In the distance, he hears the sounds that are familiar, yet he cannot quite place where they come from and how he knows this voice- noise.
A sirens wail?
It grows louder and closer. He struggles to place it, or its significance. There is so much confusion of sound in this place. The gelatinous darkness disguises and controls all, as sound and light are also blurred.
Crabstick’s cart is full, and the mutterings have ceased, as crabstick and his stuff move noisily away.
Still the voice-noise beckons. It becomes louder and more urgent.
The burning in his back and hips are now demanding of attention as well. The fingers of the gelatinous moss begin to relax their slimy grip.
His blue eyes open suddenly.  For a moment he is unsure of where he is. The stench and decay are gone, replaced by the familiar aroma of fresh brewed coffee and a woman’s perfume. 
Thank God, he did not have to climb back up those stairs.
“We’re leaving” says a woman’s voice.
He reaches over to hit the snooze. 
And slides the heat pad farther up his torso to continue the routine.

Just Another Day In Paradise


  1. We will be here when you get back. Take what time you need for you. Hope this straighten themselves out for you quickly. There's a pic I found on the Web that I'm saving for Tucker ... gimme a holler when you can.

  2. It goes without saying that we will be here when you get back...but I'll say it anyway...we will be here when you get back. You will be missed. You have my email-use it.

    As for that story--wow. I'm kind of at a loss for words. I was totally emersed in that story and though dark, painful, and twisted it was strangely beautiful. Hugs and prayers to you.

  3. Wow.


    Take your time -- but come back.


  4. Hey, you know I understand the madness and the need to take a breather. I eagerly await your next dream.

    Stay up, my friend. xoxo

  5. Bruce...that story was so intense. I loved it. Your repetitive wake up calls are so familiar. Pain is a constant in our lives here yet reading about someone else suffering makes me think they have it worse than I. Yet I can't just jump up, I have to tell my feet and ankles to move a bit. We have no stairs but the bathroom is 2 steps up. That is torture for us at times. Mornings the worst. All we can do is keep trying and forge ahead. I hate to think what the future holds for us. Gotta smile, Gotta laugh. Otherwise we'd be crying our hearts out. Thank God for Vicodin!!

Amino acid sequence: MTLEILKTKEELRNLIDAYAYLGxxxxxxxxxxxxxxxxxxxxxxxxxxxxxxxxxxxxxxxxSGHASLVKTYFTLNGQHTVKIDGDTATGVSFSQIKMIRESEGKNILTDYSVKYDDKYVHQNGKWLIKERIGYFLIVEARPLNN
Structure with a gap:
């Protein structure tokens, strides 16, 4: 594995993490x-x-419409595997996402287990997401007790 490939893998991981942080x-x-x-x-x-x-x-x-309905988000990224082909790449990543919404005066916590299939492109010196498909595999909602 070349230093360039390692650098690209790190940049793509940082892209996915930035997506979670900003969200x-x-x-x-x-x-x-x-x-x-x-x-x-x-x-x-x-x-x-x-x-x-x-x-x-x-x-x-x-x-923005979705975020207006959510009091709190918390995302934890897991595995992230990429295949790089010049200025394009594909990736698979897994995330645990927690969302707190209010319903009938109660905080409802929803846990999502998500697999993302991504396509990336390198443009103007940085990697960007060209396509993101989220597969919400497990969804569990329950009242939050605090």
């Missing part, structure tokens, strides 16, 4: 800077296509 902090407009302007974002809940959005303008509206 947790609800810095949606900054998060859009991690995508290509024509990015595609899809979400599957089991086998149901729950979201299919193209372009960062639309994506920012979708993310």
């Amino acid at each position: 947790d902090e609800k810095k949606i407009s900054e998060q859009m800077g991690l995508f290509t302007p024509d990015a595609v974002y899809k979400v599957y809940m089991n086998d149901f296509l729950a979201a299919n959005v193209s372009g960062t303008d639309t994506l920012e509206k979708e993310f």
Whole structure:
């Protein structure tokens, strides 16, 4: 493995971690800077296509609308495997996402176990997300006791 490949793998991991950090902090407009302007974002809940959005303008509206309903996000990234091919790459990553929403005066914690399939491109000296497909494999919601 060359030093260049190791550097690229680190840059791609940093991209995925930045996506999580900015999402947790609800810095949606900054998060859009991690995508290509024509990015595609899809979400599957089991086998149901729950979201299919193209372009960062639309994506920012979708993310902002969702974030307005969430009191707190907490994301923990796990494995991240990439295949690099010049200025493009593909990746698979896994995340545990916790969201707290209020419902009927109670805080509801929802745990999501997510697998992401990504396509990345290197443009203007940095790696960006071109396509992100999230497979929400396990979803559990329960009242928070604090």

6. That was well written! I liked it :)

  7. Very well written.

    And take your time, we will be here when you get back.

  8. I was starting to wonder where you were buddy, buddy.

    I wish you sweeter dreams, a more comfortable body and a little less regret for what can't be reversed.

    Look forward sweetheart, not back - it will get better. I promise.

  9. Great writing. And you know my drunk Irish ass will be waiting for you!!

  10. i liked your story, it felt dark and dreamy. hope you are doing okay and that you get back soon...

  11. I've been somewhat MIA myself. It sucks when 3D life interrupts our blogging schedule, doesn't it boss? It goes without saying that I'll be here when you get back, even if I have to still be a bit scarce.

    The story was absolutely brilliant. It's truly one of the most haunting and moving pieces I've ever read.

  12. The story was so cripping I really enjoyed it thanks for that. Now you will be missed while you are away but we all understand that at times life gets in the way of blogging so do what you need to do then return to the blogland.

  13. Bruce - what mood were you in when you wrote that? I really hope it was a good one, because it was awesome. More please. Unless of course it means you have to be depressed as buggery to write it.

  14. What a haunting and well written story. Thank you for sharing it with us. And take all the time you need. I, along with the rest of your bloggy family, will be waiting with open arms when you are able to rejoin us. In the meantime, know that I'm sending good thoughts your way.

  15. Damn, you made me cry. That is not in the rules Sir Bruce.

    Know that I am always here for you. Whenever you need me.

    Now you get that boat sorted and send me some fish pictures.

    HKCN & T

  16. Interesting story piece of fiction ya got there.

    As for the other thing, we'll still be here once your inner chi has been restored to its natural equilibrium.

  17. Very absorbing story, I know what you mean about feeling guilty about not having time to read others blogs but we aren't going anywhere. Take your time.

  18. I appreciate the words and hear their cry. Tug, Tug, Tug. Sometimes words are merely the keys to the soul and you only have to unscramble them to unlock the door.
    Missing my interstate friend already. Anyhting at all don't hesitate!

  19. wow powerful story...
    Hope everything works out for you soon...I miss my Bruce and Tucker time :)

  20. I was gripped by this story Bruce. Take the time to deal with your "stuff" and look forward to your next post. Take care my friend :)

  21. What a well-written story! It reminded me of my homeless friend, and what it could be like were I to encounter him on the street.

    As for you, take care! We will be here upon your return.

    P.S. I am worried about you. If I could send lickety licks, I would.

  22. I understand the pain. More than just physical. And the routine. Just hittin' snooze - over and over with that sense of hopelessness.

    I am essentially totally MIA for a few weeks myself. I was able to pre-set some blog posts for the past few weeks, and can only comment on some weekends.

    Do what you gotta do. I'm doing the same.

    Hope to see you back, feelin' better.

  23. Great story, Bruce. Really powerful. Just wanted to let you know that we're back from time off as well, and we'll be here when you get back!